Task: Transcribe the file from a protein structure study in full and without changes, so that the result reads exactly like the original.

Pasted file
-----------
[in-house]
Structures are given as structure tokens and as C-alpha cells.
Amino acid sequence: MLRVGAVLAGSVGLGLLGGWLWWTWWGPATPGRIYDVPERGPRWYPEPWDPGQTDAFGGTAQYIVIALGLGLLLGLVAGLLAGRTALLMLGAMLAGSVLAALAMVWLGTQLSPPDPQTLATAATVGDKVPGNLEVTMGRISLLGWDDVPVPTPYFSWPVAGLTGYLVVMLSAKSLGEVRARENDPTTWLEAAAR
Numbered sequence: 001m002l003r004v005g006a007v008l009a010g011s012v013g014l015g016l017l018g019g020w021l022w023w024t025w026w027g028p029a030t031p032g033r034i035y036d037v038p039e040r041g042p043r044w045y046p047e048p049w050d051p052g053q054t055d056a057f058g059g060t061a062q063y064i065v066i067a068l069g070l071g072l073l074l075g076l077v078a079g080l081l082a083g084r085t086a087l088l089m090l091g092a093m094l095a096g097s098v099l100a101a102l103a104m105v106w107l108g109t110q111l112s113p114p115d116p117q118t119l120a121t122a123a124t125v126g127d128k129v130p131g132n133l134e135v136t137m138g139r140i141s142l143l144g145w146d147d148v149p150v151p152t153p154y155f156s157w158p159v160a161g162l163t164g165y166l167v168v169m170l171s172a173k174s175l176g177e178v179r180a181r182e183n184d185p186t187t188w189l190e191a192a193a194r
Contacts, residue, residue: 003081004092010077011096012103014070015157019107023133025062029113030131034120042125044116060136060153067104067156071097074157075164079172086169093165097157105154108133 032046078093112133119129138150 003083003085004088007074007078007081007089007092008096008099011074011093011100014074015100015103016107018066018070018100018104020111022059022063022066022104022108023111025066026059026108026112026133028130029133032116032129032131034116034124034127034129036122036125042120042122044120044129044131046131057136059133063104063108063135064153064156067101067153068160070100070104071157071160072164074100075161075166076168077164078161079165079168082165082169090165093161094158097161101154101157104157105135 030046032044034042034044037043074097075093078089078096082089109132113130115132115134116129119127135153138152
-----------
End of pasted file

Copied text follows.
[in-house]
Structures are given as structure tokens and as C-alpha cells.
Amino acid sequence: MLRVGAVLAGSVGLGLLGGWLWWTWWGPATPGRIYDVPERGPRWYPEPWDPGQTDAFGGTAQYIVIALGLGLLLGLVAGLLAGRTALLMLGAMLAGSVLAALAMVWLGTQLSPPDPQTLATAATVGDKVPGNLEVTMGRISLLGWDDVPVPTPYFSWPVAGLTGYLVVMLSAKSLGEVRARENDPTTWLEAAAR
Numbered sequence: 001m002l003r004v005g006a007v008l009a010g011s012v013g014l015g016l017l018g019g020w021l022w023w024t025w026w027g028p029a030t031p032g033r034i035y036d037v038p039e040r041g042p043r044w045y046p047e048p049w050d051p052g053q054t055d056a057f058g059g060t061a062q063y064i065v066i067a068l069g070l071g072l073l074l075g076l077v078a079g080l081l082a083g084r085t086a087l088l089m090l091g092a093m094l095a096g097s098v099l100a101a102l103a104m105v106w107l108g109t110q111l112s113p114p115d116p117q118t119l120a121t122a123a124t125v126g127d128k129v130p131g132n133l134e135v136t137m138g139r140i141s142l143l144g145w146d147d148v149p150v151p152t153p154y155f156s157w158p159v160a161g162l163t164g165y166l167v168v169m170l171s172a173k174s175l176g177e178v179r180a181r182e183n184d185p186t187t188w189l190e191a192a193a194r
Contacts, residue, residue: 003081004092010077011096012103014070015157019107023133025062029113030131034120042125044116060136060153067104067156071097074157075164079172086169093165097157105154108133 032046078093112133119129138150 003083003085004088007074007078007081007089007092008096008099011074011093011100014074015100015103016107018066018070018100018104020111022059022063022066022104022108023111025066026059026108026112026133028130029133032116032129032131034116034124034127034129036122036125042120042122044120044129044131046131057136059133063104063108063135064153064156067101067153068160070100070104071157071160072164074100075161075166076168077164078161079165079168082165082169090165093161094158097161101154101157104157105135 030046032044034042034044037043074097075093078089078096082089109132113130115132115134116129119127135153138152